Analytic Philosophy: A Very Short Introduction (Very Short Introductions) (Paperback)
Originating in the pioneering work of Gottlob Frege, Bertrand Russell, G. E. Moore, and Ludwig Wittgenstein in the four decades around the turn of the twentieth century, analytic philosophy established itself in various forms in the 1930s. After the Second World War, it developed further in North America, in the rest of Europe, and is now growing in influence as the dominant philosophical tradition right across the world, from Latin America to East Asia. In this Very Short Introduction Michael Beaney introduces some of the key ideas of the founders of analytic philosophy by exploring certain fundamental philosophical questions and showing how those ideas can be used in offering answers. Considering the work of Susan Stebbing, he also explores the application of analytic philosophy to critical thinking, and emphasizes the conceptual creativity that lies at the heart of fruitful analysis. Throughout, Beaney illustrates why clarity of thinking, precision of expression, and rigour of argumentation are rightly seen as virtues of analytic philosophy. ABOUT THE SERIES: The Very Short Introductions series from Oxford University Press contains hundreds of titles in almost every subject area. These pocket-sized books are the perfect way to get ahead in a new subject quickly. Our expert authors combine facts, analysis, perspective, new ideas, and enthusiasm to make interesting and challenging topics highly readable.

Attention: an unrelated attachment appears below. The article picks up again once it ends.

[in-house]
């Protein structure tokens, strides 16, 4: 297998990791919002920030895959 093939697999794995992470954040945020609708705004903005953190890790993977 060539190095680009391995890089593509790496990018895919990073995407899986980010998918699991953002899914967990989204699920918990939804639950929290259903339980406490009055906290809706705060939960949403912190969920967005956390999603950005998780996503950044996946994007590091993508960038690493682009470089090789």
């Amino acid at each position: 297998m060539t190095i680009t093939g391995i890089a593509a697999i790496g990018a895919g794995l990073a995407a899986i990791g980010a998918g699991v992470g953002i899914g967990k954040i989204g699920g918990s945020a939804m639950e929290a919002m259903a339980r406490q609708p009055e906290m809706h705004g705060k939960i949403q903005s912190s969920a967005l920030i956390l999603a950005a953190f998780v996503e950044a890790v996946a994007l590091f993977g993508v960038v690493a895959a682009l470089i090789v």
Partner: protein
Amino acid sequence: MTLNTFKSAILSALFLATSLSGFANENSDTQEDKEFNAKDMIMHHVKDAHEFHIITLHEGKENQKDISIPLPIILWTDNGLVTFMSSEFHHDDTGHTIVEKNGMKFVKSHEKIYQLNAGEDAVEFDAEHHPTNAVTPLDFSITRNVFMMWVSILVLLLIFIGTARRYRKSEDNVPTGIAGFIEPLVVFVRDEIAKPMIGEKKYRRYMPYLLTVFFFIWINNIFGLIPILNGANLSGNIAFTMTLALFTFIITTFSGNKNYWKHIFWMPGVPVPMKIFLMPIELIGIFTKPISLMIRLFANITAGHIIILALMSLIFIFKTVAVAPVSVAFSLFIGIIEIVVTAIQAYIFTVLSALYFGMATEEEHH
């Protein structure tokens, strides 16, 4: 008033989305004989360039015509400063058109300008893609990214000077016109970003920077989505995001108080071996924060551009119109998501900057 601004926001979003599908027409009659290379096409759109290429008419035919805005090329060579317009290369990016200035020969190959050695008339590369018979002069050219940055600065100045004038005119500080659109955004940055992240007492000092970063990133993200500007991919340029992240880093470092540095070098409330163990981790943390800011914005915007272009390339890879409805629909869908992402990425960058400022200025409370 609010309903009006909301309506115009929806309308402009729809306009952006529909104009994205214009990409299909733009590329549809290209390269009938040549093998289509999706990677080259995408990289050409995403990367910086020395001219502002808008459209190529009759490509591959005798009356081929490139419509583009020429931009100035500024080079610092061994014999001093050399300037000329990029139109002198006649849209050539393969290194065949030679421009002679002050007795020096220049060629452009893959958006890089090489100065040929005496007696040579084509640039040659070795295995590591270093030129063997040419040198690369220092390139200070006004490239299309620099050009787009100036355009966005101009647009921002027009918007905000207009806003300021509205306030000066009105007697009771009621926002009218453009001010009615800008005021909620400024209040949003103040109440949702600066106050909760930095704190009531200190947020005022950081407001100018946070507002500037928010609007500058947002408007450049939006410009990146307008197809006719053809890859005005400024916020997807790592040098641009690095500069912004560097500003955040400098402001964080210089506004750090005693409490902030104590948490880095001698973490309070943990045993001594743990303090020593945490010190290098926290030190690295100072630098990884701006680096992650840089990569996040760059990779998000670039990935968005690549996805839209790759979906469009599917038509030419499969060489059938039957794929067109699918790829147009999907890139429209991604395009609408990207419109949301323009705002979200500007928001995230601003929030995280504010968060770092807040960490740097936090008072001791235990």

Michael Beaney is Professor of History of Analytic Philosophy at the Humboldt University in Berlin, and Professor of Philosophy at King's College London. Educated at Oxford, where he did his doctorate, he has also taught at Birkbeck College London and the Universities of Sheffield, Leeds, Manchester, and York, as well as at the Open University. He has held Alexander von Humboldt Fellowships at the Universities of Erlangen-Nurnberg and Jena in Germany, and has been Visiting Professor at Peking University and Beijing Normal University in China. He is the author of Frege: Making Sense (1996) and Imagination and Creativity (2005); and editor of The Frege Reader (1997), Gottlob Frege: Critical Assessments of Leading Philosophers (with Erich Reck; 4 vols., 2005), The Analytic Turn (2007), and The Oxford Handbook of the History of Analytic Philosophy (2013). He is also editor of the British Journal for the History of Philosophy.